U.S. home prices are still rising, and the pace of growth continues to slow, according to the S&P CoreLogic Case-Shiller national home price index (not seasonally adjusted) for July that was released Tuesday. However, the July index ends a 15-month stretch of yearly month-over-month index declines. The year-over-year increase of 3.2% was 0.1 percentage points higher than the year-over-year June increase.
Some cities continue to see sharp increases, but these too are slowing down. Phoenix home prices are 5.8% higher than they were a year ago, while Las Vegas showed an increase of 4.7% and Charlotte increased by 4.6%. The only U.S. city to post a year-over-year decline was Seattle, where prices were 0.6% lower than in July of 2018.
On a non-seasonally adjusted basis, the consensus economists’ estimate called for the 20-city average home price to rise by 2.1% year over year and 0.1% month over month.
In all U.S. cities included in the 20-city home price index, July house prices rose 0.1% month over month, with 17 of 20 posting non-seasonally adjusted month-over-month price increases. Only Los Angeles (down 0.3%), New York (down 0.1%) and Washington, D.C., (down 0.1%) posted declines.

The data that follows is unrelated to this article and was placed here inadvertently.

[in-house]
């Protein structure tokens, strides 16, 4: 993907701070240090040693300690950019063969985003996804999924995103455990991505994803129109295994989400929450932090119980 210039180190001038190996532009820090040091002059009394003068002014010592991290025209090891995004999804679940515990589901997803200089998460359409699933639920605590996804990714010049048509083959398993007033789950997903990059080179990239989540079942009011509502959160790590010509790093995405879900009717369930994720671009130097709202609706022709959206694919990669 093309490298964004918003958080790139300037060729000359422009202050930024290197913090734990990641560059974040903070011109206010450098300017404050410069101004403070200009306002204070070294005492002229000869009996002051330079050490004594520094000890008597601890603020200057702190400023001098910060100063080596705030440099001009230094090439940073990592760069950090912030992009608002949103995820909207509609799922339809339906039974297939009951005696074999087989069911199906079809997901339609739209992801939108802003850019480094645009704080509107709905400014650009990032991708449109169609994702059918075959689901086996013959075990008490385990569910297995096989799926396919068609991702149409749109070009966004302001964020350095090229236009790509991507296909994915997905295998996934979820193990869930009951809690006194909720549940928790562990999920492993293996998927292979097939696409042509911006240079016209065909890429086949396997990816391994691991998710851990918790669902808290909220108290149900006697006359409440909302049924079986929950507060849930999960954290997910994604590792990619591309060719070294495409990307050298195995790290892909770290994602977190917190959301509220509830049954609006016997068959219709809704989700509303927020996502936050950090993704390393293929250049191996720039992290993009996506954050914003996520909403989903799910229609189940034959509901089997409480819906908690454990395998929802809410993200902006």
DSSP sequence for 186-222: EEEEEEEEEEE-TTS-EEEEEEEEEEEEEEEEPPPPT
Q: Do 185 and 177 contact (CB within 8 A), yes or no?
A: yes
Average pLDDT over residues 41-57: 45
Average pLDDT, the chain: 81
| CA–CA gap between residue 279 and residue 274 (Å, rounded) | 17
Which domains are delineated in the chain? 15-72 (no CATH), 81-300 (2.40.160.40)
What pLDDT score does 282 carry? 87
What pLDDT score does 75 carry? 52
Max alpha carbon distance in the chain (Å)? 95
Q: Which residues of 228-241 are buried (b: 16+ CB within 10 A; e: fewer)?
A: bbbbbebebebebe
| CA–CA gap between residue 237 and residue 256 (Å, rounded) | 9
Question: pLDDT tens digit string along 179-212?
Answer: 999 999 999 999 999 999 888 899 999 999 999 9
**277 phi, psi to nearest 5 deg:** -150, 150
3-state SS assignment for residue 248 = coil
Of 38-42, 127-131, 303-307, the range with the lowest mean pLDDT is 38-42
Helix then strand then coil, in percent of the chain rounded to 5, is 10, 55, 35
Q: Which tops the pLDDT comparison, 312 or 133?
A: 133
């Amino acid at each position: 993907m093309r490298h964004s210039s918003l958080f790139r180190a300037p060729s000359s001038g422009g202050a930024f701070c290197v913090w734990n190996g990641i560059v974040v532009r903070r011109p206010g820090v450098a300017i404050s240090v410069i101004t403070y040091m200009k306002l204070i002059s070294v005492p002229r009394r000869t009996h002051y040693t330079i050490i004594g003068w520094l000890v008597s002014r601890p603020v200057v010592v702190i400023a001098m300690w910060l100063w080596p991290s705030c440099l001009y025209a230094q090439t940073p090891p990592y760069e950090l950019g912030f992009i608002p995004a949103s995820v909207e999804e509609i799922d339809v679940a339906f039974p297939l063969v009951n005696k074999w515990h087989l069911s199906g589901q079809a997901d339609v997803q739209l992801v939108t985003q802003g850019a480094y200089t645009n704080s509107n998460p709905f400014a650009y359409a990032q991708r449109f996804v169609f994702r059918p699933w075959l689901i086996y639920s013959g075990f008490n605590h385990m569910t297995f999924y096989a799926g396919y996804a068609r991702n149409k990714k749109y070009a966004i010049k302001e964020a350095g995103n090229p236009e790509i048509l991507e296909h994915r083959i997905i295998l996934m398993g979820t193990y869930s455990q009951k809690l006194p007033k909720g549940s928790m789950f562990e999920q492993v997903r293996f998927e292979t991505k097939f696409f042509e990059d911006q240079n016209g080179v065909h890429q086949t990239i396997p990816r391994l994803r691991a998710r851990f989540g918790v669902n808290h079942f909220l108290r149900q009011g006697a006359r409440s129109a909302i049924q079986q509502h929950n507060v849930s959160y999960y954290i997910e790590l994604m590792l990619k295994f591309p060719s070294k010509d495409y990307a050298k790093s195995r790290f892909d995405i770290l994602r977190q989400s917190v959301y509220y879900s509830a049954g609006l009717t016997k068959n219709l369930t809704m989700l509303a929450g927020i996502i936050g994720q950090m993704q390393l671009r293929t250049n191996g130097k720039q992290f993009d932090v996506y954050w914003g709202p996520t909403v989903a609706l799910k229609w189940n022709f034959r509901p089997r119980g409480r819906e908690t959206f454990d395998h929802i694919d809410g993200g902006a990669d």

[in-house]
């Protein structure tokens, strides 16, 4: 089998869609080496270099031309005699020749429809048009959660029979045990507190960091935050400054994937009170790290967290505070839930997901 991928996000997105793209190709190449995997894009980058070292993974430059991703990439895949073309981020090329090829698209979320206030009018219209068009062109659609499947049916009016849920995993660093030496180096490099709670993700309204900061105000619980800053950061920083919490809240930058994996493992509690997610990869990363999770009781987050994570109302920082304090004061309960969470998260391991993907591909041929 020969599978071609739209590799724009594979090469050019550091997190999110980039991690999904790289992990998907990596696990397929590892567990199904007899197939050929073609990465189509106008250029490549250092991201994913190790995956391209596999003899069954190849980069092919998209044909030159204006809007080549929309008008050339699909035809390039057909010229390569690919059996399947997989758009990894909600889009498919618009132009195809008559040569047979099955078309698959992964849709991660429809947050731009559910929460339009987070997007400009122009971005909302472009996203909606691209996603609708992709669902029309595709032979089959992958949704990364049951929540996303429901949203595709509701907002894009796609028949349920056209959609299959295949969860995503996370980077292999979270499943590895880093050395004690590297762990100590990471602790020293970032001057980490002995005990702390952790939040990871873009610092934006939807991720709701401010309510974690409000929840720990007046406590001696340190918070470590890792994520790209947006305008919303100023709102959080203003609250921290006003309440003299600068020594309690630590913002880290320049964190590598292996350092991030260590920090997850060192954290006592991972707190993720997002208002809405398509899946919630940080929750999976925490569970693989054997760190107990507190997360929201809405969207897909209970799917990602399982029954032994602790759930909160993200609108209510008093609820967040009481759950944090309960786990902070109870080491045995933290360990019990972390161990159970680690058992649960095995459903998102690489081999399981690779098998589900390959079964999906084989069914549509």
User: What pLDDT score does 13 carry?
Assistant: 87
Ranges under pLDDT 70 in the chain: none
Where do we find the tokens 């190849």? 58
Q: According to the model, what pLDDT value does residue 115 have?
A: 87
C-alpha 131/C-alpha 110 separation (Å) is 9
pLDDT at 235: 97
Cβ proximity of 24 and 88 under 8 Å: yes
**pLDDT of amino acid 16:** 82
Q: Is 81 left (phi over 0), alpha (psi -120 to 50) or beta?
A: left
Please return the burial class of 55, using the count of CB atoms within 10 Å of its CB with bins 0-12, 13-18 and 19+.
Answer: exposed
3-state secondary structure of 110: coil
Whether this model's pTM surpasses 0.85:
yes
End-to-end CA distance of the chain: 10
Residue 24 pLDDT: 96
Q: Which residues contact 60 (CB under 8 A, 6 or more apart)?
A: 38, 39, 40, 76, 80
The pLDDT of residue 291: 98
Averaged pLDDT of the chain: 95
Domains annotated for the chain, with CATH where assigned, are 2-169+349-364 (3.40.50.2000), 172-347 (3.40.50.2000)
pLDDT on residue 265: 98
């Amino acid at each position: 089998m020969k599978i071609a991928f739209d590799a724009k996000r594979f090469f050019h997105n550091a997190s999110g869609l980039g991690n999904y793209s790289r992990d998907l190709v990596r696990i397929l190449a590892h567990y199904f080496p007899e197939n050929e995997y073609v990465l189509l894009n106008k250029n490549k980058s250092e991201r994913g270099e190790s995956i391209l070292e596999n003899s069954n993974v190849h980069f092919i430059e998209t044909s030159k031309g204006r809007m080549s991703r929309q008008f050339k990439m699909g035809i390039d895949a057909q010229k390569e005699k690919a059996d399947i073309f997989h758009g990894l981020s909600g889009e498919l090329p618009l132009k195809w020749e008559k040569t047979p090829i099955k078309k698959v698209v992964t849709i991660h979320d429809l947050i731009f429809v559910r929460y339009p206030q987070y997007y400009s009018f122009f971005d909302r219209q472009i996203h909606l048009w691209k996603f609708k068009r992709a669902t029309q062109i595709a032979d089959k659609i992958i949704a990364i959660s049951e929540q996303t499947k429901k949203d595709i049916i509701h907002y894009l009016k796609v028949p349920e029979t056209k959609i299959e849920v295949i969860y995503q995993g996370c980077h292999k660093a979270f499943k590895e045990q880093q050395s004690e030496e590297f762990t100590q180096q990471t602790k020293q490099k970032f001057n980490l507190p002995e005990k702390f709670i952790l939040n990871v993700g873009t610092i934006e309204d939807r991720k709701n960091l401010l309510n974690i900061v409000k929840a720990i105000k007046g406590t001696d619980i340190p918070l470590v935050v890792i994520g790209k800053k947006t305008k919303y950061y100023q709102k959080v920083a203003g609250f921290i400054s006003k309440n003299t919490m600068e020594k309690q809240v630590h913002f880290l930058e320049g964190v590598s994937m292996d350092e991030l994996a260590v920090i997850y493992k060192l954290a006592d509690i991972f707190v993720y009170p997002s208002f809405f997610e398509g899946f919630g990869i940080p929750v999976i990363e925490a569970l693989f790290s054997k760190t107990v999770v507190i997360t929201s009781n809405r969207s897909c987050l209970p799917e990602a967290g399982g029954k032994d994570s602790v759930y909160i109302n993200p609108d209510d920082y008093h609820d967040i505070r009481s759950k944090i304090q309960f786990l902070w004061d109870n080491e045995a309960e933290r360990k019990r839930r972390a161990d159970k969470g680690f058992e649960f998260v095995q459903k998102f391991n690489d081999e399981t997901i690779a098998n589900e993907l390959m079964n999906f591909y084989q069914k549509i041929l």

Philip Murphy, managing director and global head of Index Governance at S&P Dow Jones Indices, said:
Year-over-year home prices continued to gain, but at ever more modest rates. Charlotte surpassed Tampa to join the top three cities, and Seattle may be turning around from its recent negative streak of YOY price changes, improving from -1.3% in June to -0.06% in July. … Home price gains remained positive in low single digits in most cities, and other fundamentals indicate renewed housing demand.
Mortgage loan rates had dipped slightly to 3.72% Tuesday morning, according to Mortgage News Daily.